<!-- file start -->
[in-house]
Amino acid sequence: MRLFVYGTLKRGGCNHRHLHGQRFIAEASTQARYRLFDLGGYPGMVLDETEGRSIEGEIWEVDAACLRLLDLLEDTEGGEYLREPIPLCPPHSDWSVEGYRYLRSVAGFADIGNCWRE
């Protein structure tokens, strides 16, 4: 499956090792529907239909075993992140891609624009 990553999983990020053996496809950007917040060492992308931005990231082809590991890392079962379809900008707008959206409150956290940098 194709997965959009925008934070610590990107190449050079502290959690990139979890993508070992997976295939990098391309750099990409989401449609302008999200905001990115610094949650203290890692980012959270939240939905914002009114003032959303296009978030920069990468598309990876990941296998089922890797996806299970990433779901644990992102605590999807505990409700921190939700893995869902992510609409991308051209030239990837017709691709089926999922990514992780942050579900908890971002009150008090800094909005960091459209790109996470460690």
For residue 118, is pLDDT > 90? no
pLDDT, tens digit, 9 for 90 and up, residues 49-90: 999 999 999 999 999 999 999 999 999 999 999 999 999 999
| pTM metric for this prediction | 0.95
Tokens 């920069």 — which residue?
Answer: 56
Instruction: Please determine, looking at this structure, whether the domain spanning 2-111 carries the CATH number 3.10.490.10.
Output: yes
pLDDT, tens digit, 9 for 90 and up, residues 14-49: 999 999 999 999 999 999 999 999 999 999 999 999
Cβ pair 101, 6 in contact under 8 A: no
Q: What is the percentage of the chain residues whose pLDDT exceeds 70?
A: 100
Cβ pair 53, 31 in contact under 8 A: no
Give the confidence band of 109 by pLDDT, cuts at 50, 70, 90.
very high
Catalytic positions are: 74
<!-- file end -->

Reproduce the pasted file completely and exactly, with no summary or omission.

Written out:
[in-house]
Amino acid sequence: MRLFVYGTLKRGGCNHRHLHGQRFIAEASTQARYRLFDLGGYPGMVLDETEGRSIEGEIWEVDAACLRLLDLLEDTEGGEYLREPIPLCPPHSDWSVEGYRYLRSVAGFADIGNCWRE
């Protein structure tokens, strides 16, 4: 499956090792529907239909075993992140891609624009 990553999983990020053996496809950007917040060492992308931005990231082809590991890392079962379809900008707008959206409150956290940098 194709997965959009925008934070610590990107190449050079502290959690990139979890993508070992997976295939990098391309750099990409989401449609302008999200905001990115610094949650203290890692980012959270939240939905914002009114003032959303296009978030920069990468598309990876990941296998089922890797996806299970990433779901644990992102605590999807505990409700921190939700893995869902992510609409991308051209030239990837017709691709089926999922990514992780942050579900908890971002009150008090800094909005960091459209790109996470460690």
For residue 118, is pLDDT > 90? no
pLDDT, tens digit, 9 for 90 and up, residues 49-90: 999 999 999 999 999 999 999 999 999 999 999 999 999 999
| pTM metric for this prediction | 0.95
Tokens 């920069």 — which residue?
Answer: 56
Instruction: Please determine, looking at this structure, whether the domain spanning 2-111 carries the CATH number 3.10.490.10.
Output: yes
pLDDT, tens digit, 9 for 90 and up, residues 14-49: 999 999 999 999 999 999 999 999 999 999 999 999
Cβ pair 101, 6 in contact under 8 A: no
Q: What is the percentage of the chain residues whose pLDDT exceeds 70?
A: 100
Cβ pair 53, 31 in contact under 8 A: no
Give the confidence band of 109 by pLDDT, cuts at 50, 70, 90.
very high
Catalytic positions are: 74